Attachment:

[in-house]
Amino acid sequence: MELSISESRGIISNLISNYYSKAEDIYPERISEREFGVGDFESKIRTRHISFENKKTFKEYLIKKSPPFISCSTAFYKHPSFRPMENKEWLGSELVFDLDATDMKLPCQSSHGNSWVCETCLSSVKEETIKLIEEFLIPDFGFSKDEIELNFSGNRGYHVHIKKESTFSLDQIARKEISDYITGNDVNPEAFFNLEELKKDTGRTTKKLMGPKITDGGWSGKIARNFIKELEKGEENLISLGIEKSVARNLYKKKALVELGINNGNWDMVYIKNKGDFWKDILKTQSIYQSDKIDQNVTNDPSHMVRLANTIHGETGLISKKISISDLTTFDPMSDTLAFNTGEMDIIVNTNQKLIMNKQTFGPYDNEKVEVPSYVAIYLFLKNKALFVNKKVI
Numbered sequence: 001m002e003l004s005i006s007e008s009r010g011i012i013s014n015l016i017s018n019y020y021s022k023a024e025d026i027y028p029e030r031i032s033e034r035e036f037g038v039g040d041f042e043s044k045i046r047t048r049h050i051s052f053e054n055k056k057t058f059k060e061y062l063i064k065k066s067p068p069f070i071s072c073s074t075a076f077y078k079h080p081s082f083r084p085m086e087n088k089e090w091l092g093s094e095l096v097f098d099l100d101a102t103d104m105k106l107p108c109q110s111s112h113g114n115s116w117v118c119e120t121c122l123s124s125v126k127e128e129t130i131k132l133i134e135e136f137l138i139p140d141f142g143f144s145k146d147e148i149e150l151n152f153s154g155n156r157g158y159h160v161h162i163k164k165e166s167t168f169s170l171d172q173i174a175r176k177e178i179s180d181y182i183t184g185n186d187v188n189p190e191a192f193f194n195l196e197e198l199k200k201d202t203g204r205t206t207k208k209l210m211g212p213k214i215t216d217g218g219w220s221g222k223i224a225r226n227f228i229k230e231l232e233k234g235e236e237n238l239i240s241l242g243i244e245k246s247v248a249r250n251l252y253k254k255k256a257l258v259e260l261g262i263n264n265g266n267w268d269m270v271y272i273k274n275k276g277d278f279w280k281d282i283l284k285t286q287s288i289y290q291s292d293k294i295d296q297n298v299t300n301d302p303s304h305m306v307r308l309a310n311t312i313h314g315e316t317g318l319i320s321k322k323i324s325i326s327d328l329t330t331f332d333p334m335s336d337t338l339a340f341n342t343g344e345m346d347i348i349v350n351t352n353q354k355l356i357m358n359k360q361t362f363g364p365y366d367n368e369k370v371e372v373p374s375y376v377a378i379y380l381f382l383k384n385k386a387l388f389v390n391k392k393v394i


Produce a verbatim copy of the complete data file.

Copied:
[in-house]
Amino acid sequence: MELSISESRGIISNLISNYYSKAEDIYPERISEREFGVGDFESKIRTRHISFENKKTFKEYLIKKSPPFISCSTAFYKHPSFRPMENKEWLGSELVFDLDATDMKLPCQSSHGNSWVCETCLSSVKEETIKLIEEFLIPDFGFSKDEIELNFSGNRGYHVHIKKESTFSLDQIARKEISDYITGNDVNPEAFFNLEELKKDTGRTTKKLMGPKITDGGWSGKIARNFIKELEKGEENLISLGIEKSVARNLYKKKALVELGINNGNWDMVYIKNKGDFWKDILKTQSIYQSDKIDQNVTNDPSHMVRLANTIHGETGLISKKISISDLTTFDPMSDTLAFNTGEMDIIVNTNQKLIMNKQTFGPYDNEKVEVPSYVAIYLFLKNKALFVNKKVI
Numbered sequence: 001m002e003l004s005i006s007e008s009r010g011i012i013s014n015l016i017s018n019y020y021s022k023a024e025d026i027y028p029e030r031i032s033e034r035e036f037g038v039g040d041f042e043s044k045i046r047t048r049h050i051s052f053e054n055k056k057t058f059k060e061y062l063i064k065k066s067p068p069f070i071s072c073s074t075a076f077y078k079h080p081s082f083r084p085m086e087n088k089e090w091l092g093s094e095l096v097f098d099l100d101a102t103d104m105k106l107p108c109q110s111s112h113g114n115s116w117v118c119e120t121c122l123s124s125v126k127e128e129t130i131k132l133i134e135e136f137l138i139p140d141f142g143f144s145k146d147e148i149e150l151n152f153s154g155n156r157g158y159h160v161h162i163k164k165e166s167t168f169s170l171d172q173i174a175r176k177e178i179s180d181y182i183t184g185n186d187v188n189p190e191a192f193f194n195l196e197e198l199k200k201d202t203g204r205t206t207k208k209l210m211g212p213k214i215t216d217g218g219w220s221g222k223i224a225r226n227f228i229k230e231l232e233k234g235e236e237n238l239i240s241l242g243i244e245k246s247v248a249r250n251l252y253k254k255k256a257l258v259e260l261g262i263n264n265g266n267w268d269m270v271y272i273k274n275k276g277d278f279w280k281d282i283l284k285t286q287s288i289y290q291s292d293k294i295d296q297n298v299t300n301d302p303s304h305m306v307r308l309a310n311t312i313h314g315e316t317g318l319i320s321k322k323i324s325i326s327d328l329t330t331f332d333p334m335s336d337t338l339a340f341n342t343g344e345m346d347i348i349v350n351t352n353q354k355l356i357m358n359k360q361t362f363g364p365y366d367n368e369k370v371e372v373p374s375y376v377a378i379y380l381f382l383k384n385k386a387l388f389v390n391k392k393v394i